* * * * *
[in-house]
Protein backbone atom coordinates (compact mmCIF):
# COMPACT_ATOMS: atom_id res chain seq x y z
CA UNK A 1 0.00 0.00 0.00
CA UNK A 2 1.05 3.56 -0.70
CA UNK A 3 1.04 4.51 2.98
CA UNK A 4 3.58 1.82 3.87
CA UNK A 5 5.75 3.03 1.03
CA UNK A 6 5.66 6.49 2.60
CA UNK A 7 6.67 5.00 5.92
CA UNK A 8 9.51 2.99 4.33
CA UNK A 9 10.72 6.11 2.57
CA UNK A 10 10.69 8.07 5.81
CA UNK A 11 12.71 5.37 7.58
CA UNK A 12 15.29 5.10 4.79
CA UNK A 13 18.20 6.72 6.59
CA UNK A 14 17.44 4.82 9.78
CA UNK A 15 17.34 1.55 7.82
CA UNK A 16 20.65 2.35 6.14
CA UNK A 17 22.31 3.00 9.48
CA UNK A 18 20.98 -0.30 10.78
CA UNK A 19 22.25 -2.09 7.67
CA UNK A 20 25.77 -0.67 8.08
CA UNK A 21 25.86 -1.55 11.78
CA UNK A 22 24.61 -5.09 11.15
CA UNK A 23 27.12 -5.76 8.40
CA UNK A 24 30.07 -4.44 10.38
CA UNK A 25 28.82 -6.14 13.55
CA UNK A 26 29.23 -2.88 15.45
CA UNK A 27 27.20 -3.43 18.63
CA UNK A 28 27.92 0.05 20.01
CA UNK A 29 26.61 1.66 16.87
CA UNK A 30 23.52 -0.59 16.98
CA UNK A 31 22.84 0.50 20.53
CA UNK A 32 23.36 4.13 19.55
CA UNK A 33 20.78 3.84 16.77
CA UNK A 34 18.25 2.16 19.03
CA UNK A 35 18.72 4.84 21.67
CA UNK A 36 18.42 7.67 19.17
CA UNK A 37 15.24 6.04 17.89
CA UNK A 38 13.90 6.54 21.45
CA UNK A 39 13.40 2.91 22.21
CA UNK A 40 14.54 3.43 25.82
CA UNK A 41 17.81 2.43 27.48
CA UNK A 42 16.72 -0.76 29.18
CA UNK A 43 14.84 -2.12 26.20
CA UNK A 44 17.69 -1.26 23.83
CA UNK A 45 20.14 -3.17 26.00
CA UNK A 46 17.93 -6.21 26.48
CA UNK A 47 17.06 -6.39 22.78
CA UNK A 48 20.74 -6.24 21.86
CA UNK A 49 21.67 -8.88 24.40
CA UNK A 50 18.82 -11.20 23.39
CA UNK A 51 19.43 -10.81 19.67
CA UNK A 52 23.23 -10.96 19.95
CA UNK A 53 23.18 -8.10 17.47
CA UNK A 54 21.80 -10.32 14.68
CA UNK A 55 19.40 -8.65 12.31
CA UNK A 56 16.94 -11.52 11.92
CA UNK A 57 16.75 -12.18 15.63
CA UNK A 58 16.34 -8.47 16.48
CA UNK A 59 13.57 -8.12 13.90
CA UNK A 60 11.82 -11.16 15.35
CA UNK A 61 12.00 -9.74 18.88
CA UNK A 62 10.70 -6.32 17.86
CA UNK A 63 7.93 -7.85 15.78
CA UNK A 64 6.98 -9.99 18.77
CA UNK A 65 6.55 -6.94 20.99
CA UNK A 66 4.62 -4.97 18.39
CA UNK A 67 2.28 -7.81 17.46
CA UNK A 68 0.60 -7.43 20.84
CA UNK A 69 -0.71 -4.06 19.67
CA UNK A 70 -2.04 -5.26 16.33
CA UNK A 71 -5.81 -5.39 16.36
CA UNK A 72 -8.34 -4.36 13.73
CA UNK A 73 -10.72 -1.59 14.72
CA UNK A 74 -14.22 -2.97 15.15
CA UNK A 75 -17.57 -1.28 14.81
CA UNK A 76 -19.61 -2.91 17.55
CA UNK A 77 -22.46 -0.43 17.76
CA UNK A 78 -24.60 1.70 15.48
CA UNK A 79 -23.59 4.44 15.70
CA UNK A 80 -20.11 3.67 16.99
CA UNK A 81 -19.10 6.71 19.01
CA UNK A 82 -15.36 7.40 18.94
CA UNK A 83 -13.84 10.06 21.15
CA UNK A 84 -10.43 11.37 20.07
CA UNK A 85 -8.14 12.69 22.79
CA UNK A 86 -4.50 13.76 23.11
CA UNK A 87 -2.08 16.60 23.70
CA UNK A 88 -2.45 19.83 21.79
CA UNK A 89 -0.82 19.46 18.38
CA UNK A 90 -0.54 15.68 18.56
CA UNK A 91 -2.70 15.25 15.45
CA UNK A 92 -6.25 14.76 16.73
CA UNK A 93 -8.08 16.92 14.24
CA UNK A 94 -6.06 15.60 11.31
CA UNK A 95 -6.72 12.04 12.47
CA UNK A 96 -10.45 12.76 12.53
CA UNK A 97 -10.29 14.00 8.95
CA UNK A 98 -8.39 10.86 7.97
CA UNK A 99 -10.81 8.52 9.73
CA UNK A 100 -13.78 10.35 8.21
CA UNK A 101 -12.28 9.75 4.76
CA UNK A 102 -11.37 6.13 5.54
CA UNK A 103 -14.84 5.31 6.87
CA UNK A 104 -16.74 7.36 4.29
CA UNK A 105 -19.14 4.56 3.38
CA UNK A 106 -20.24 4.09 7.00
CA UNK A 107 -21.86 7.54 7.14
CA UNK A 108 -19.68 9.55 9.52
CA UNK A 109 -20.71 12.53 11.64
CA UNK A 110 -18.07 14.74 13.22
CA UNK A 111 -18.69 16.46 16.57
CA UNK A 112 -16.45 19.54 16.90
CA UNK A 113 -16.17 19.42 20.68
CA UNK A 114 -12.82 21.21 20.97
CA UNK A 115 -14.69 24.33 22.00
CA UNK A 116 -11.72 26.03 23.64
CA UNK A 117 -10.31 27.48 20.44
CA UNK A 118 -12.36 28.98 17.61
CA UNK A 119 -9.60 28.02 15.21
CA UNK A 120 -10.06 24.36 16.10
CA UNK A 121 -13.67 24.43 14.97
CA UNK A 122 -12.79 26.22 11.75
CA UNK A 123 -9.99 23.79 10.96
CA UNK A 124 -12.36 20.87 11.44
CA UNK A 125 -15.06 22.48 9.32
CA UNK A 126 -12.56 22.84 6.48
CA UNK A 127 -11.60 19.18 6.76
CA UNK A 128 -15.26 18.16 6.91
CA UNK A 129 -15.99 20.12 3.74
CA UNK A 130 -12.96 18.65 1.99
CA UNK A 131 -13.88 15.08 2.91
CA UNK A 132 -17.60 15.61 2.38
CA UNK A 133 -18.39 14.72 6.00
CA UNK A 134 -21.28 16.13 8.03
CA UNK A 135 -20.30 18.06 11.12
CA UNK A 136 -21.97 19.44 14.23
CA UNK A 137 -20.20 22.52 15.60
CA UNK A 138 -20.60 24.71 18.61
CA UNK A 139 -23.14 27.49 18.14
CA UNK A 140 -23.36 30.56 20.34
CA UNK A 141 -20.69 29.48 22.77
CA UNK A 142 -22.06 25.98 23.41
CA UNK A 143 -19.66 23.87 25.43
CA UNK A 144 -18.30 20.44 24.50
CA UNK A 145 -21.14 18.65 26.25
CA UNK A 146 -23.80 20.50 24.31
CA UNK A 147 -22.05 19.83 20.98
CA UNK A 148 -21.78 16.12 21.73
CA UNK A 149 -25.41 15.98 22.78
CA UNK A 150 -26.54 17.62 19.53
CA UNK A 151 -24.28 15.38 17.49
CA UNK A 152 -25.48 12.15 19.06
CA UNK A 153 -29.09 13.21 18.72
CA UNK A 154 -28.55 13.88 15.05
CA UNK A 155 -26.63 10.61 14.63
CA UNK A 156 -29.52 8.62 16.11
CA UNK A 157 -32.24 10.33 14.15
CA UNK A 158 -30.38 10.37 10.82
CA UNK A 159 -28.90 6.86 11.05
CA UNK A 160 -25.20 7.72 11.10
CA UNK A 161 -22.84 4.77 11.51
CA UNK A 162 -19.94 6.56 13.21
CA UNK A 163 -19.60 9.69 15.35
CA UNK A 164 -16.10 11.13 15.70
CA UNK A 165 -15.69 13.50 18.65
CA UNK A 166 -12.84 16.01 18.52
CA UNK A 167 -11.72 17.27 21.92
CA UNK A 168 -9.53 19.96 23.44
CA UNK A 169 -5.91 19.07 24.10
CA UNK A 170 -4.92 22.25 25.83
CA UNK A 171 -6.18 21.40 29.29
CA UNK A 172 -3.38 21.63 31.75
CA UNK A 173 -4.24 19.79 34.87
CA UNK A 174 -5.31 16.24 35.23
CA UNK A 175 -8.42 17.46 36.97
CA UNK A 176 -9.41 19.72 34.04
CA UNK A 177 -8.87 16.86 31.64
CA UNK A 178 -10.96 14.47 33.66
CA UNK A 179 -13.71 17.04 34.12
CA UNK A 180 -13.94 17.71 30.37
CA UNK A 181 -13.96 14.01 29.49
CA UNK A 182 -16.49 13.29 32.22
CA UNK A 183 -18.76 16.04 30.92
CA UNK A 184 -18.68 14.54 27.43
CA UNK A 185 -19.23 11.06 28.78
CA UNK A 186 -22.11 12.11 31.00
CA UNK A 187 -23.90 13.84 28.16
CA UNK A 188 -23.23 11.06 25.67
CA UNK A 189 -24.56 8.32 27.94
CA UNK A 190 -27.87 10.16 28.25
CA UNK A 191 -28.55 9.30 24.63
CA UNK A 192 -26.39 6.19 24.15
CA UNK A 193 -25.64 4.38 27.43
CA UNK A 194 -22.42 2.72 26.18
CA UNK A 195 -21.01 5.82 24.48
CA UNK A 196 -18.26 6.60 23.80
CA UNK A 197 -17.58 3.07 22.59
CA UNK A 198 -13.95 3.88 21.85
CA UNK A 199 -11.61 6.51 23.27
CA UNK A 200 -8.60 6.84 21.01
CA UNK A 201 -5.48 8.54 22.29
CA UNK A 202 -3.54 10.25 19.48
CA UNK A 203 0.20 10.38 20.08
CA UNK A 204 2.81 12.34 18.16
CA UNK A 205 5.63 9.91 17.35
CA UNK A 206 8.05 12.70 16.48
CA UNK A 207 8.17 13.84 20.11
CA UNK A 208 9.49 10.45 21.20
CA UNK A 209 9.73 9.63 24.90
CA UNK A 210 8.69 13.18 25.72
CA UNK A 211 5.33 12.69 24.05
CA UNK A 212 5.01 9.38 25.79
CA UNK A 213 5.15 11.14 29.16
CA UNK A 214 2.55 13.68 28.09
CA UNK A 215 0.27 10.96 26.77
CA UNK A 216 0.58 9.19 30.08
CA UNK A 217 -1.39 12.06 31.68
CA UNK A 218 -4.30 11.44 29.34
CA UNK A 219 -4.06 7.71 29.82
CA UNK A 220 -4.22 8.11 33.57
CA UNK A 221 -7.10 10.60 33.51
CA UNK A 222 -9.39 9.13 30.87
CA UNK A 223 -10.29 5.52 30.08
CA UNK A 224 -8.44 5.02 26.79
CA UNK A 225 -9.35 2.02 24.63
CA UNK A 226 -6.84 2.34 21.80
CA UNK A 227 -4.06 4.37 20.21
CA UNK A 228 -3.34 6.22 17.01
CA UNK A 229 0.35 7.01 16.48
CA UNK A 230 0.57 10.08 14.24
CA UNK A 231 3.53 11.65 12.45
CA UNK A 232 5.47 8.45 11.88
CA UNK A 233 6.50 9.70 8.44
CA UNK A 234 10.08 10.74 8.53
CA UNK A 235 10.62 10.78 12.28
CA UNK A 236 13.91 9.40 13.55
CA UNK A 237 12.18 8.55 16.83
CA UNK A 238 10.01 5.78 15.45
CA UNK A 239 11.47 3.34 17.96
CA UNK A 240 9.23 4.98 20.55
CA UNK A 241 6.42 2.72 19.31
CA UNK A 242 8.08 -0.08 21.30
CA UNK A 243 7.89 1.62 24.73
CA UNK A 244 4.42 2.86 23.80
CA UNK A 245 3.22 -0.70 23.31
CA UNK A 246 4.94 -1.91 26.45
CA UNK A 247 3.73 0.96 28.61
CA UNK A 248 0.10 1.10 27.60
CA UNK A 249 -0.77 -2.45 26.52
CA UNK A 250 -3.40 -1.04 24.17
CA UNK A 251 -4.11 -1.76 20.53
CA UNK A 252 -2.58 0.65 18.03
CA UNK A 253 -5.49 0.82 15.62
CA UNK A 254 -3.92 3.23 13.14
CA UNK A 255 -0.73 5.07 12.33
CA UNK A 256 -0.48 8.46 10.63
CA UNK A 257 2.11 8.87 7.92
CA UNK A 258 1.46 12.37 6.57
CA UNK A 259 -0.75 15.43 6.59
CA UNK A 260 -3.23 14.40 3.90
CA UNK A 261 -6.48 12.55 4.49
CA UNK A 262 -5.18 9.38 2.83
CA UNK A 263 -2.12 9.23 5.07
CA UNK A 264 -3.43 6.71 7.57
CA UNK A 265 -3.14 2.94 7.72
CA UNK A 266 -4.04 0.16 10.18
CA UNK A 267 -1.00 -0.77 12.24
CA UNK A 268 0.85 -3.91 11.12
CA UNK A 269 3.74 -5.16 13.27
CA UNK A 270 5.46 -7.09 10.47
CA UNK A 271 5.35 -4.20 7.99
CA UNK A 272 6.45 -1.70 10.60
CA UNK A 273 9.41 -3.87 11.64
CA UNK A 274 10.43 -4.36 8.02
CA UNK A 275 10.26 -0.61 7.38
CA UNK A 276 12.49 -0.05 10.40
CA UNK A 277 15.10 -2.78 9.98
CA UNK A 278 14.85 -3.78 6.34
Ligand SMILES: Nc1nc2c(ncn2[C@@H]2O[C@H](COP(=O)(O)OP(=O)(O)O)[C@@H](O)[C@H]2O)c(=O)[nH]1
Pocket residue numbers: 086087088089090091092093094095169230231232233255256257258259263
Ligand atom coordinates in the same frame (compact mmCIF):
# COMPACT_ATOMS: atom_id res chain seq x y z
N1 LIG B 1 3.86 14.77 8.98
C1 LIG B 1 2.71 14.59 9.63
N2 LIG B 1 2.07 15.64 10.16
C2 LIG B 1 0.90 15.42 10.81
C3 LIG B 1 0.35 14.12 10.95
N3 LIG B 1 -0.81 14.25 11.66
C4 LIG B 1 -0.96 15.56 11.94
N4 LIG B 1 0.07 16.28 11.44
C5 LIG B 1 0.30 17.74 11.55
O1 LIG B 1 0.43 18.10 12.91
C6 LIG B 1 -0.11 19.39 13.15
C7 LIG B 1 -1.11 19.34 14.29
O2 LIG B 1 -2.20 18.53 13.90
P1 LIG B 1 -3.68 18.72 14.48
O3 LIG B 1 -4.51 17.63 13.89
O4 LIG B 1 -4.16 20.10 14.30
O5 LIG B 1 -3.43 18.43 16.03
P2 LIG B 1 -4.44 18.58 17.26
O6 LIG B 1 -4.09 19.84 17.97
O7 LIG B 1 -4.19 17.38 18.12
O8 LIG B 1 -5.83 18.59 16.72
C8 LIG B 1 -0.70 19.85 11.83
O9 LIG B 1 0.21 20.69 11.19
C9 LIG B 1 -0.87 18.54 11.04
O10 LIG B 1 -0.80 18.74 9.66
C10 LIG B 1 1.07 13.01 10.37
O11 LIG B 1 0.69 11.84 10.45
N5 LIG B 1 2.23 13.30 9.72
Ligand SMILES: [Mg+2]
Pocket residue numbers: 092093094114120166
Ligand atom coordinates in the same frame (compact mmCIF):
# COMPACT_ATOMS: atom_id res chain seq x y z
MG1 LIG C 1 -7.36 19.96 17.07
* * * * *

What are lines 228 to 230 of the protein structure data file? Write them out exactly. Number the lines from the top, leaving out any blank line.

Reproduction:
CA UNK A 225 -9.35 2.02 24.63
CA UNK A 226 -6.84 2.34 21.80
CA UNK A 227 -4.06 4.37 20.21